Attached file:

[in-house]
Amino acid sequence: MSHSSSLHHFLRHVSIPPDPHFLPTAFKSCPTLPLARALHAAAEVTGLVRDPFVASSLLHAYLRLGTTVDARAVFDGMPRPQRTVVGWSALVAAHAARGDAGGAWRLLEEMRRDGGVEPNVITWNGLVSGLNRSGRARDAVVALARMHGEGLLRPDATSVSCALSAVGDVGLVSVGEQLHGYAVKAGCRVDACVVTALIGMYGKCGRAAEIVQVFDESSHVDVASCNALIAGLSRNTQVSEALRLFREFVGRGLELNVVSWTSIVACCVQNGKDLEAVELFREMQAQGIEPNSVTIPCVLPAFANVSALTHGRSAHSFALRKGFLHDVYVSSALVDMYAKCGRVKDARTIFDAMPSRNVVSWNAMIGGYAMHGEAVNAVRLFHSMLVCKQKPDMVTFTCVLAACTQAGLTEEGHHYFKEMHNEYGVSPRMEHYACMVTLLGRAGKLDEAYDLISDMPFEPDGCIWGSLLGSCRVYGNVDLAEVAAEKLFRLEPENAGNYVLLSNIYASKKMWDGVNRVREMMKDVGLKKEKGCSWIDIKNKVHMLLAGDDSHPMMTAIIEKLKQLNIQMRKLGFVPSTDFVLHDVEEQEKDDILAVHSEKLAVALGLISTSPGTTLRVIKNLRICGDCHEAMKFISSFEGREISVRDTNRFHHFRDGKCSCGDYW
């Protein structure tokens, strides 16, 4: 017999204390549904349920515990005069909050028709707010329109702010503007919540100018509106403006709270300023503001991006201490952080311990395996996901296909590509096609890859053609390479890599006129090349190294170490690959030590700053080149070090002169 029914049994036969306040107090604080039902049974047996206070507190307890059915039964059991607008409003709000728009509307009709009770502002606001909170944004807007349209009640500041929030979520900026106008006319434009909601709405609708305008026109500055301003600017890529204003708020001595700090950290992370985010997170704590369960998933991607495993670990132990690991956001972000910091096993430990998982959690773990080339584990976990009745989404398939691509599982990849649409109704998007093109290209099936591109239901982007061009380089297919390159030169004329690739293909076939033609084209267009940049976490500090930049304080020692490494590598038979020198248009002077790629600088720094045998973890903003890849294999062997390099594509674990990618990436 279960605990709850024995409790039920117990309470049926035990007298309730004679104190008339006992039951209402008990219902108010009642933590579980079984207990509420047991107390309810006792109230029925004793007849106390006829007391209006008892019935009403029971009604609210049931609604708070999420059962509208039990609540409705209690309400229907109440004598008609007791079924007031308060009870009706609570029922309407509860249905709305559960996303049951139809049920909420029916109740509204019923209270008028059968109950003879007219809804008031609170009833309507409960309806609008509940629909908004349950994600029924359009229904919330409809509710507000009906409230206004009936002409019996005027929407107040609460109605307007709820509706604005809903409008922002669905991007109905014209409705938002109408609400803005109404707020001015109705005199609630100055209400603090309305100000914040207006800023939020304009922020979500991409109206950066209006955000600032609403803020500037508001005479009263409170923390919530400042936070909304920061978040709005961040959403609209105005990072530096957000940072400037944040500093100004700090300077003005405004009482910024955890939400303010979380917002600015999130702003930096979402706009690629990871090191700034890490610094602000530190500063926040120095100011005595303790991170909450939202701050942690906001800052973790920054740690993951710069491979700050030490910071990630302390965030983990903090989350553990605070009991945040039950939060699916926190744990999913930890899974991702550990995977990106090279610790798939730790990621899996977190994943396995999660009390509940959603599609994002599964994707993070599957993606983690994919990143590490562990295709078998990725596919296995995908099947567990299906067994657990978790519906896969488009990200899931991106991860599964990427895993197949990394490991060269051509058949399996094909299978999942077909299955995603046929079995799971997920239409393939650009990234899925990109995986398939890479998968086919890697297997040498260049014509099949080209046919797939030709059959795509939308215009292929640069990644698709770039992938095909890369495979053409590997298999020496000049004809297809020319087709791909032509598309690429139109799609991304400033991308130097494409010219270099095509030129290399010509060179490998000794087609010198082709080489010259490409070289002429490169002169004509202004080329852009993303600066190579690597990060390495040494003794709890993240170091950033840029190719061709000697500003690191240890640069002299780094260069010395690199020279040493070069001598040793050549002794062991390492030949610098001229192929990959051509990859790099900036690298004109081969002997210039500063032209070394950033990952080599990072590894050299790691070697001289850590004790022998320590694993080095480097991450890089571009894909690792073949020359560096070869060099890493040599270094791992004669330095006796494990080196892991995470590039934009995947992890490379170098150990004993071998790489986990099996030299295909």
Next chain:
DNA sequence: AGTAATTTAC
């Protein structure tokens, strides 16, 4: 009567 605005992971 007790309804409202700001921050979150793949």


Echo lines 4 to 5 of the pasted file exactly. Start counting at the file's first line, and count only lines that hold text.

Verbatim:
Next chain:
DNA sequence: AGTAATTTAC